Mirror of Justice

A blog dedicated to the development of Catholic legal theory.
Affiliated with the Program on Church, State & Society at Notre Dame Law School.

Monday, September 27, 2010

Martin Marty on declining church attendance

In yesterday's edition of Sightings, Martin Marty discusses the decline, in America and elsewhere, in church-attendance.  He writes:

Some readers may wonder why in columns like this, which are to be about “public religion,” we talk about church and synagogue (etc.) attendance and participation--aren’t their institutions part of “private religion?” Emphatically no. They are the bearers of traditions, the living expositors of sacred texts, the tellers of stories, the troop-suppliers for voluntary activities, the shapers of values fought over in the political realms.


Why are they declining? Certainly not because a few atheists write best-sellers. I always look for the simplest causes, such as rejection of drab and conflicted congregations and denominations. Or changes in habits. I watch the ten thousands running past in Sunday marathons or heading to the kids’ soccer games and recall that their grandparents and parents kept the key weekend times and places open for sacred encounters. Oh, and “being spiritual” is not going to help keep the stories, the language of ethics, and the pool of volunteers thriving. Their disappearance has consequences. . . .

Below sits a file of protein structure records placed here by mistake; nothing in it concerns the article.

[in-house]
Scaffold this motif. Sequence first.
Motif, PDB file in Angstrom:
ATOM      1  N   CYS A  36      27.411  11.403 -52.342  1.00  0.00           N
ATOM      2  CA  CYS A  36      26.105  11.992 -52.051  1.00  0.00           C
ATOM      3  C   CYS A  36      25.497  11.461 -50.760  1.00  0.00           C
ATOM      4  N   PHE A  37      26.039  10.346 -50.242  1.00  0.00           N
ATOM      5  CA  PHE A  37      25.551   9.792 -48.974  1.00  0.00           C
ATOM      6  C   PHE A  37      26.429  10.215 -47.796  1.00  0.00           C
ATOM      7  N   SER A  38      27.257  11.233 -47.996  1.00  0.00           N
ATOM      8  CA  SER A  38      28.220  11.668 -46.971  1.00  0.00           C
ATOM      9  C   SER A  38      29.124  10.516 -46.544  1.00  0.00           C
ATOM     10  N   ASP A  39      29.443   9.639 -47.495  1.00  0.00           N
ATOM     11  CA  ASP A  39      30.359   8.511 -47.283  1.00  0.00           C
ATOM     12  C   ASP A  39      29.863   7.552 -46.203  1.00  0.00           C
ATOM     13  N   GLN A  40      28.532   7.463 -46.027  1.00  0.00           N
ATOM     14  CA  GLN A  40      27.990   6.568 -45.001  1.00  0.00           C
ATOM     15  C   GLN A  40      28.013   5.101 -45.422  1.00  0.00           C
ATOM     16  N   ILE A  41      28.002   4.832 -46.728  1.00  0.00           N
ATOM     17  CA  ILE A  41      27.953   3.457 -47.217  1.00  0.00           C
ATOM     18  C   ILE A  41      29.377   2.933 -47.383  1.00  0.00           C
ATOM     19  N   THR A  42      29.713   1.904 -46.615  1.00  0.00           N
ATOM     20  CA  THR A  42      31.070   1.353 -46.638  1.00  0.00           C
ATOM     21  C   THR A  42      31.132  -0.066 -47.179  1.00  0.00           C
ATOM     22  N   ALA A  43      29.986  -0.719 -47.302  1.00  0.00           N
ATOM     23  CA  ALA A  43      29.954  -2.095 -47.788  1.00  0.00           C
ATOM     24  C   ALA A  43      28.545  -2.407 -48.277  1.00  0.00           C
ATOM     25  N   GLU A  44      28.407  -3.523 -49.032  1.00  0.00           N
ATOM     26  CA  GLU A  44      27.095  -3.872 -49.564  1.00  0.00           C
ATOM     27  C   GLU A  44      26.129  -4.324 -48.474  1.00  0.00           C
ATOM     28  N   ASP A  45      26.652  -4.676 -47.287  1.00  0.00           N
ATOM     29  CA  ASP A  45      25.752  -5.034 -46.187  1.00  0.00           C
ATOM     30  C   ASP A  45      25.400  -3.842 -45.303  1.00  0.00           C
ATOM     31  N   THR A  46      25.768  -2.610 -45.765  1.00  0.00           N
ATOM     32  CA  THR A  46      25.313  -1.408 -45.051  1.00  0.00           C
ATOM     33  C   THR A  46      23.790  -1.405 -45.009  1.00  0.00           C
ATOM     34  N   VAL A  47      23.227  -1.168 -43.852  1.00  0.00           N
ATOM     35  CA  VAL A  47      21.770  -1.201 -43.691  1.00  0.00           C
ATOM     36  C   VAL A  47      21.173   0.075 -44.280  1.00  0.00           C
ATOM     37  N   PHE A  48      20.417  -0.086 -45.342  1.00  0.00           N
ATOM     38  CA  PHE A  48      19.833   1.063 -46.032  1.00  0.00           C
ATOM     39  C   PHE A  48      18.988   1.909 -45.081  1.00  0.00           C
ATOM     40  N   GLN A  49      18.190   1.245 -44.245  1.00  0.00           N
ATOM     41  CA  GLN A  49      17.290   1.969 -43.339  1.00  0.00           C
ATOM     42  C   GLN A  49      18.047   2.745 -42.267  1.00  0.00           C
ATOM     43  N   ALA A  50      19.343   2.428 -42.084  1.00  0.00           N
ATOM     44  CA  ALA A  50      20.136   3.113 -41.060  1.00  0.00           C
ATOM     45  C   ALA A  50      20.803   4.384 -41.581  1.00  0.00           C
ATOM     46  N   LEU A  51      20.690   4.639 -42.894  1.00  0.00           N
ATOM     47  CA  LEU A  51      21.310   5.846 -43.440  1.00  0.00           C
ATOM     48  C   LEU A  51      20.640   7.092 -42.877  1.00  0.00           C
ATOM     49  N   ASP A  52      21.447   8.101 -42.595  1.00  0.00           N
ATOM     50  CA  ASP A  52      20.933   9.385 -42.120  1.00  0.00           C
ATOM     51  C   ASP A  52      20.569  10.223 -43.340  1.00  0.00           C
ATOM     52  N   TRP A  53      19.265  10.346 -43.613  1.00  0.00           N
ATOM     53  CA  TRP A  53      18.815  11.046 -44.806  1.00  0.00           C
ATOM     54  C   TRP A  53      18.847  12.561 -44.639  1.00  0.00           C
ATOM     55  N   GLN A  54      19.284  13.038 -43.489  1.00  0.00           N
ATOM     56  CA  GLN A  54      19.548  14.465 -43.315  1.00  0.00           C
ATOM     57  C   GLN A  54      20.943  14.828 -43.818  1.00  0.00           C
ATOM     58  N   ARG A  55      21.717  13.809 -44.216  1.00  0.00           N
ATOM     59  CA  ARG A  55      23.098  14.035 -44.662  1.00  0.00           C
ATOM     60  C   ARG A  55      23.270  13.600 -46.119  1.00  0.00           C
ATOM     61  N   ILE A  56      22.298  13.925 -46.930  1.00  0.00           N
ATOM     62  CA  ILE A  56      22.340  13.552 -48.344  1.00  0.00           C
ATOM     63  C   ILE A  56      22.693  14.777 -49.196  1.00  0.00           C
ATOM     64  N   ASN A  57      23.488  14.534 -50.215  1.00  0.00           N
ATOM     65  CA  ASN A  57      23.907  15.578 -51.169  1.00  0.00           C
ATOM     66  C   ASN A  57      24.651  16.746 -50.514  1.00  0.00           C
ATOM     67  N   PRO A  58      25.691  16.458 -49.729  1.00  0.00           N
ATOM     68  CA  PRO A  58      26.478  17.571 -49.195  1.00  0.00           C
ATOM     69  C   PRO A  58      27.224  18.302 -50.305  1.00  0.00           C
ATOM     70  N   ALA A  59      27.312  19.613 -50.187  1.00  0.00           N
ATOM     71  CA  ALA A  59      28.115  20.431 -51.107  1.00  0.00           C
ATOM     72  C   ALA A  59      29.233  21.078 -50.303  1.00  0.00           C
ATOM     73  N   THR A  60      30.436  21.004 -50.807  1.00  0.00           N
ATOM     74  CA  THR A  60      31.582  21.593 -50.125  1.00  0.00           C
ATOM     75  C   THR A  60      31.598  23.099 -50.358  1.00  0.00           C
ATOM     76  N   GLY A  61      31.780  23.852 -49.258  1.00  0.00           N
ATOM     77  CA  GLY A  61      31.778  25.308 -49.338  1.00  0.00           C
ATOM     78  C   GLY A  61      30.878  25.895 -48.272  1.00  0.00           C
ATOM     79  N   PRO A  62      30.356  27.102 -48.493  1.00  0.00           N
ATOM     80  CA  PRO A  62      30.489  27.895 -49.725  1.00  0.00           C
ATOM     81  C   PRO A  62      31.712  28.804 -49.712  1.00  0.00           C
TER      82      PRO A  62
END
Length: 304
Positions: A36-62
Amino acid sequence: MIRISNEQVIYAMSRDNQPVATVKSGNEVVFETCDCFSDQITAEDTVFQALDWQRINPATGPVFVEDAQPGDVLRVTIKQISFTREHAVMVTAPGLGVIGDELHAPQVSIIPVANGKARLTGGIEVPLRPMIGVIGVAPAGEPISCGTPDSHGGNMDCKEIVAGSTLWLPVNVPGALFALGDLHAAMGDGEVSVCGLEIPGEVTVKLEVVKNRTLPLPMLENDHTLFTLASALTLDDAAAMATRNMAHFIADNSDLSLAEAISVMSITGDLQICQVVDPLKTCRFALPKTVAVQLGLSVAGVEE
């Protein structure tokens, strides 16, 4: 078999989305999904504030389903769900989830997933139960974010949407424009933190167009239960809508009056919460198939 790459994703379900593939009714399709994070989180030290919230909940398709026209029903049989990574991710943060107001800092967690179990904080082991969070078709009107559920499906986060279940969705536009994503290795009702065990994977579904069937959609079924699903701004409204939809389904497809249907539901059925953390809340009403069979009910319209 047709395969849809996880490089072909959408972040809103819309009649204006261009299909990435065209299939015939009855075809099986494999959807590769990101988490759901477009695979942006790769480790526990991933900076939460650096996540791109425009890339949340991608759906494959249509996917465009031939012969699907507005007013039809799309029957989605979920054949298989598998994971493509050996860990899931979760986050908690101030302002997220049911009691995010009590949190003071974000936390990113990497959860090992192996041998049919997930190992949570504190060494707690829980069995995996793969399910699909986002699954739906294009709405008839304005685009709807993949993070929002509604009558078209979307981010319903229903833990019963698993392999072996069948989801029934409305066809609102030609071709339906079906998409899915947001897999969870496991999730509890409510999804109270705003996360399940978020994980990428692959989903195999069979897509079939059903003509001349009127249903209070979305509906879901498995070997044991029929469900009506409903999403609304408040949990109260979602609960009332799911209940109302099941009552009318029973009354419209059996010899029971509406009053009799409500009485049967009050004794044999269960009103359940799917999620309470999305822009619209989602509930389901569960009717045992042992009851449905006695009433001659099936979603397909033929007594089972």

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I would single out this sentence: "Most commentators in religious and secular communications found almost nothing that he [Pope Benedict XVI] said or did which might help reverse the downward trends."

If declining church attendance is lamentable, what's to be done about it (besides lamenting)?

Here's a thought. What if emphasis were shifted from attendance at Sunday services and placed on other kinds of participation? What if, say, a diocese had an 800 number and you could call a priest 24/7 to answer questions or to receive spiritual guidance? What if churches had more social events? Sponsored more volunteers? Had streaming video on the Internet? Had something like Facebook? Maybe the idea of an hour of communal worship on Sundays is just dead? Will nothing else do? I know the great importance the Catholic Church places on Sunday Mass, but what good is it if people don't show up?

I did the following rough calculation on Vox Nova: "If 41,406 priests give homilies once a week, that amounts to 2,153,112 homilies a year. At 10 to 15 minutes each (average 12.5 minutes), that would be 26,913,900 minutes, or 448,565 hours, or 18,690 days, or 51 years of homilies. Hopefully in all of that there is something brilliant to be found, but of course the question would be how."

A relatively few priests post videos of their homilies online (as far as I know), and some others post them as text. Surely there's something really good and engaging that people would want to hear. Why should people be limited to their own parish priest?

Posted by: David Nickol | Sep 27, 2010 3:25:11 PM